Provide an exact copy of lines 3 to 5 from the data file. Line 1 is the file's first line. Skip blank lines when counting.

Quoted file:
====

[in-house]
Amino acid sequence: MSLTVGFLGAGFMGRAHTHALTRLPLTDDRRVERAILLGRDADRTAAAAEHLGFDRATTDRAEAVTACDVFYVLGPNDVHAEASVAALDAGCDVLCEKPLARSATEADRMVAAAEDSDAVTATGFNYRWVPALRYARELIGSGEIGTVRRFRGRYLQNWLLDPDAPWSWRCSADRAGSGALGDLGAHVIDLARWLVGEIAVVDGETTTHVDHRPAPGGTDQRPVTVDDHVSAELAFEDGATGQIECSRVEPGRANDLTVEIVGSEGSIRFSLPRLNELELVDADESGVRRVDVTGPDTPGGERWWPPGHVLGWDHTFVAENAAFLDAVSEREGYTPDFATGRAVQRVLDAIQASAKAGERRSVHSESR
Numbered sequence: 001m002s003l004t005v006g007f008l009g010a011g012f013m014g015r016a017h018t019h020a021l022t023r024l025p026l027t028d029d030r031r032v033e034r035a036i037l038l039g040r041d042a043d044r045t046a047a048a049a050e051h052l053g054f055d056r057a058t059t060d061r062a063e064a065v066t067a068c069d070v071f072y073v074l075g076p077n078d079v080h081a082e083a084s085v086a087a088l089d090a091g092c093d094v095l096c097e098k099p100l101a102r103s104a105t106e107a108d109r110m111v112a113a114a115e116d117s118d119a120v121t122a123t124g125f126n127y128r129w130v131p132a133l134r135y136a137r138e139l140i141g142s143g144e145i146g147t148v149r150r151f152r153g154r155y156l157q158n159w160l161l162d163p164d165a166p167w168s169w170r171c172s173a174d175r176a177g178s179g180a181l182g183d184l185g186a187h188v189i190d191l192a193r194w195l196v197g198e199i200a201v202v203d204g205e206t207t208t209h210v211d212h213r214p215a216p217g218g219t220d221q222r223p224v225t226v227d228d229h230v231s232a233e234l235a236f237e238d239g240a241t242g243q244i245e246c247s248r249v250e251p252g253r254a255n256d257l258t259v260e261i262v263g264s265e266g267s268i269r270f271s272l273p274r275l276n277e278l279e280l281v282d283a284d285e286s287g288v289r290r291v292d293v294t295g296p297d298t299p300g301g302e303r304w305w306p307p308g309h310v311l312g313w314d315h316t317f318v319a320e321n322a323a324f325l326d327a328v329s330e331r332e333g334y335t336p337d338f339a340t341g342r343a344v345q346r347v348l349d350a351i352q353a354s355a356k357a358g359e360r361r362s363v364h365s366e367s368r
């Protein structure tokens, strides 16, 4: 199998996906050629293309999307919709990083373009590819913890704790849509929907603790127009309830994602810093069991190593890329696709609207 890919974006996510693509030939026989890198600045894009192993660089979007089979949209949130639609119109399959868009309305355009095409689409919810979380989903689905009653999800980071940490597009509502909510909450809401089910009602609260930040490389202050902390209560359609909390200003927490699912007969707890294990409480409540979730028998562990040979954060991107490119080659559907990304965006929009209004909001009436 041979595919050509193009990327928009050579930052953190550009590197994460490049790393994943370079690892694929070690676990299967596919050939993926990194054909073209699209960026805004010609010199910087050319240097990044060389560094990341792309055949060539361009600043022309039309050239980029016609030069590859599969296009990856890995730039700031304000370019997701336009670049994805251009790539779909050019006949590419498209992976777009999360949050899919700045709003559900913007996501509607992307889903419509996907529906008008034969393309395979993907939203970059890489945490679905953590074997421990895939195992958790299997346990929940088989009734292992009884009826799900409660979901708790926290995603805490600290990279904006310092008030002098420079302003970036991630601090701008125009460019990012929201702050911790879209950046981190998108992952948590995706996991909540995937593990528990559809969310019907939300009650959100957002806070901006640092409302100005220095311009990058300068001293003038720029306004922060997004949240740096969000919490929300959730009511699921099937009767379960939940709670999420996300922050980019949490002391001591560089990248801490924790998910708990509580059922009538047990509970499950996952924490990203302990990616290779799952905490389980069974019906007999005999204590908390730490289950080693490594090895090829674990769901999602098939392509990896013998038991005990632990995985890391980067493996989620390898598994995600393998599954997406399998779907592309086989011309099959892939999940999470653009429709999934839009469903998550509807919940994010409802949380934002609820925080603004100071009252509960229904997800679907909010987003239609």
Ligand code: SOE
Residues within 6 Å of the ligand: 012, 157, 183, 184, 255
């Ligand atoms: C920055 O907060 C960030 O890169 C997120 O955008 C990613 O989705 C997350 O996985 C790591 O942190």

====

Numbered sequence: 001m002s003l004t005v006g007f008l009g010a011g012f013m014g015r016a017h018t019h020a021l022t023r024l025p026l027t028d029d030r031r032v033e034r035a036i037l038l039g040r041d042a043d044r045t046a047a048a049a050e051h052l053g054f055d056r057a058t059t060d061r062a063e064a065v066t067a068c069d070v071f072y073v074l075g076p077n078d079v080h081a082e083a084s085v086a087a088l089d090a091g092c093d094v095l096c097e098k099p100l101a102r103s104a105t106e107a108d109r110m111v112a113a114a115e116d117s118d119a120v121t122a123t124g125f126n127y128r129w130v131p132a133l134r135y136a137r138e139l140i141g142s143g144e145i146g147t148v149r150r151f152r153g154r155y156l157q158n159w160l161l162d163p164d165a166p167w168s169w170r171c172s173a174d175r176a177g178s179g180a181l182g183d184l185g186a187h188v189i190d191l192a193r194w195l196v197g198e199i200a201v202v203d204g205e206t207t208t209h210v211d212h213r214p215a216p217g218g219t220d221q222r223p224v225t226v227d228d229h230v231s232a233e234l235a236f237e238d239g240a241t242g243q244i245e246c247s248r249v250e251p252g253r254a255n256d257l258t259v260e261i262v263g264s265e266g267s268i269r270f271s272l273p274r275l276n277e278l279e280l281v282d283a284d285e286s287g288v289r290r291v292d293v294t295g296p297d298t299p300g301g302e303r304w305w306p307p308g309h310v311l312g313w314d315h316t317f318v319a320e321n322a323a324f325l326d327a328v329s330e331r332e333g334y335t336p337d338f339a340t341g342r343a344v345q346r347v348l349d350a351i352q353a354s355a356k357a358g359e360r361r362s363v364h365s366e367s368r
């Protein structure tokens, strides 16, 4: 199998996906050629293309999307919709990083373009590819913890704790849509929907603790127009309830994602810093069991190593890329696709609207 890919974006996510693509030939026989890198600045894009192993660089979007089979949209949130639609119109399959868009309305355009095409689409919810979380989903689905009653999800980071940490597009509502909510909450809401089910009602609260930040490389202050902390209560359609909390200003927490699912007969707890294990409480409540979730028998562990040979954060991107490119080659559907990304965006929009209004909001009436 041979595919050509193009990327928009050579930052953190550009590197994460490049790393994943370079690892694929070690676990299967596919050939993926990194054909073209699209960026805004010609010199910087050319240097990044060389560094990341792309055949060539361009600043022309039309050239980029016609030069590859599969296009990856890995730039700031304000370019997701336009670049994805251009790539779909050019006949590419498209992976777009999360949050899919700045709003559900913007996501509607992307889903419509996907529906008008034969393309395979993907939203970059890489945490679905953590074997421990895939195992958790299997346990929940088989009734292992009884009826799900409660979901708790926290995603805490600290990279904006310092008030002098420079302003970036991630601090701008125009460019990012929201702050911790879209950046981190998108992952948590995706996991909540995937593990528990559809969310019907939300009650959100957002806070901006640092409302100005220095311009990058300068001293003038720029306004922060997004949240740096969000919490929300959730009511699921099937009767379960939940709670999420996300922050980019949490002391001591560089990248801490924790998910708990509580059922009538047990509970499950996952924490990203302990990616290779799952905490389980069974019906007999005999204590908390730490289950080693490594090895090829674990769901999602098939392509990896013998038991005990632990995985890391980067493996989620390898598994995600393998599954997406399998779907592309086989011309099959892939999940999470653009429709999934839009469903998550509807919940994010409802949380934002609820925080603004100071009252509960229904997800679907909010987003239609």
Ligand code: SOE